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RAYMOND GRAM SWING - TYPED LETTER SIGNED 04/12/1943 - HFSID 34180

His signed vigorous response to a reader who criticized him for criticizing Charles De Gaulle Typed Letter signed: "Raymond Gram Swing". One page, 8½x11. Washington, District of Columbia, April 12, 1943. On personal letterhead to Mrs. George Worthington, Jr.

Price: $320.00

Condition: Lightly creased, otherwise fine condition
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RAYMOND GRAM SWING
His signed vigorous response to a reader who criticized him for criticizing Charles De Gaulle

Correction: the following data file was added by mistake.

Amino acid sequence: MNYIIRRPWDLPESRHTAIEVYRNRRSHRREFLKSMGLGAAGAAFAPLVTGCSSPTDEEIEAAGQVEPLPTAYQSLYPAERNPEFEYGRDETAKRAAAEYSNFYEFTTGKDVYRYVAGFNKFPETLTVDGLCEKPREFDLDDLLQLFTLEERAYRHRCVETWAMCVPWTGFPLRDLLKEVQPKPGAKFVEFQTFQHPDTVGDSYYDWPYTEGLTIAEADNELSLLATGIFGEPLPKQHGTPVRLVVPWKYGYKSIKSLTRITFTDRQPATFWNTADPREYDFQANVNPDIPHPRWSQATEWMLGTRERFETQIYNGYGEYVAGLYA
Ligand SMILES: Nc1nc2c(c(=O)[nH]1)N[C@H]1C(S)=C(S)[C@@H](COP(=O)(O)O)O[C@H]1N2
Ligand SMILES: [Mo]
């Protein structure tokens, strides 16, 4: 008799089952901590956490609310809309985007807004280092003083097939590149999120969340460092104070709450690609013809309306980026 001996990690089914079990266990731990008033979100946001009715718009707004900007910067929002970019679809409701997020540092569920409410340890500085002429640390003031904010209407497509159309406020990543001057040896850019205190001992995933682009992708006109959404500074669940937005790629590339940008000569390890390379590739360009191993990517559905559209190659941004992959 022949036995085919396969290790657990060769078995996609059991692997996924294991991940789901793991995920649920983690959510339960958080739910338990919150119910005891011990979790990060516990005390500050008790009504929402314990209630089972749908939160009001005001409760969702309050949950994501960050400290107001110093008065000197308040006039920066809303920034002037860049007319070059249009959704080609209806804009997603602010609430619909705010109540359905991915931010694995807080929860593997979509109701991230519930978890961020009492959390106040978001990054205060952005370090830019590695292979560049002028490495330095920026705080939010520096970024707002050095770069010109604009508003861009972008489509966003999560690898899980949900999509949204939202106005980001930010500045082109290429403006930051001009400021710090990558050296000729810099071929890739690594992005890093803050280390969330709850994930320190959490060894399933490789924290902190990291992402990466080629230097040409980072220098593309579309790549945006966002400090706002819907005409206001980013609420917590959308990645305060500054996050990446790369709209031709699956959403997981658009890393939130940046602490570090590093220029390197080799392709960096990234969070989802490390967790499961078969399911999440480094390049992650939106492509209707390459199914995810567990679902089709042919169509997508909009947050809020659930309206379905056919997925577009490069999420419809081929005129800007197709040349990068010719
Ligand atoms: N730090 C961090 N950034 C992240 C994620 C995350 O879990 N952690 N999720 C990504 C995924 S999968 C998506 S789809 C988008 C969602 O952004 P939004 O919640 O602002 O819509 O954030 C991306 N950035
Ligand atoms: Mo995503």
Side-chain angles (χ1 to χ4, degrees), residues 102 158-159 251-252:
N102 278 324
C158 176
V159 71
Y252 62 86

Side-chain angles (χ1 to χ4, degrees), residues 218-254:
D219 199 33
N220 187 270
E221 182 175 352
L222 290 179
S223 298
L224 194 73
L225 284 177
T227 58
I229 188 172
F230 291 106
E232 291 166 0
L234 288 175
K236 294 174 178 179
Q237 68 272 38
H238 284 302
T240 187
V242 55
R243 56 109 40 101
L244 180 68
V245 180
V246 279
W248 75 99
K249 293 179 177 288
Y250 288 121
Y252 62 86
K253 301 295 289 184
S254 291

Typed Letter signed: "Raymond Gram Swing". One page, 8½x11. Washington, District of Columbia, April 12, 1943. On personal letterhead to Mrs. George Worthington, Jr. In full: "In reply to your letter of recent date, you are, of course, quite within your rights to criticize me, as you do, for criticizing General de Gaulle. But your criticism would have more effect on me if you had been reasonable about it. I criticized the General for something he did. You did not pretend to know better the circumstances which called for my criticism, or challenge my knowledge of them. It happens I did know what I was talking about. You simply criticized me for criticizing. You did not say the criticism was unwarranted. You said it was out of place. That isn't helpful. I have just as much right to criticize General de Gaulle as any other mortal. I would make poor use of this right, if I criticized unfairly. In this case, since General de Gaulle himself corrected the action which I criticized, I gather that I was not unfair. Yours sincerely". Raymond Gram Swing (1887-1968) was a journalist who first worked at a newspaper in 1906 with the Cleveland Press. Just seven years later, he was the Chicago Daily Newsbureau chief for the paper's Berlin, Germany department. His coverage of WWI, particularly Big Bertha and the Dardanelles campaign, established name recognition of the journalist nationwide. He shifted towards radio journalism, which is where he reported on WWII for the Mutual Broadcasting System. Swing strongly believed in gender and racial equality, so when his feminist and suffragist wife Betty Gram requested that both of them take both surnames, he agreed. They remained married from 1919-1944, but upon their divorce he had trouble shaking off her surname of Gram. He came to be known as Raymond Gram Swing during his heyday. Tape at top left and right corner. Lightly creased. Otherwise, fine condition.

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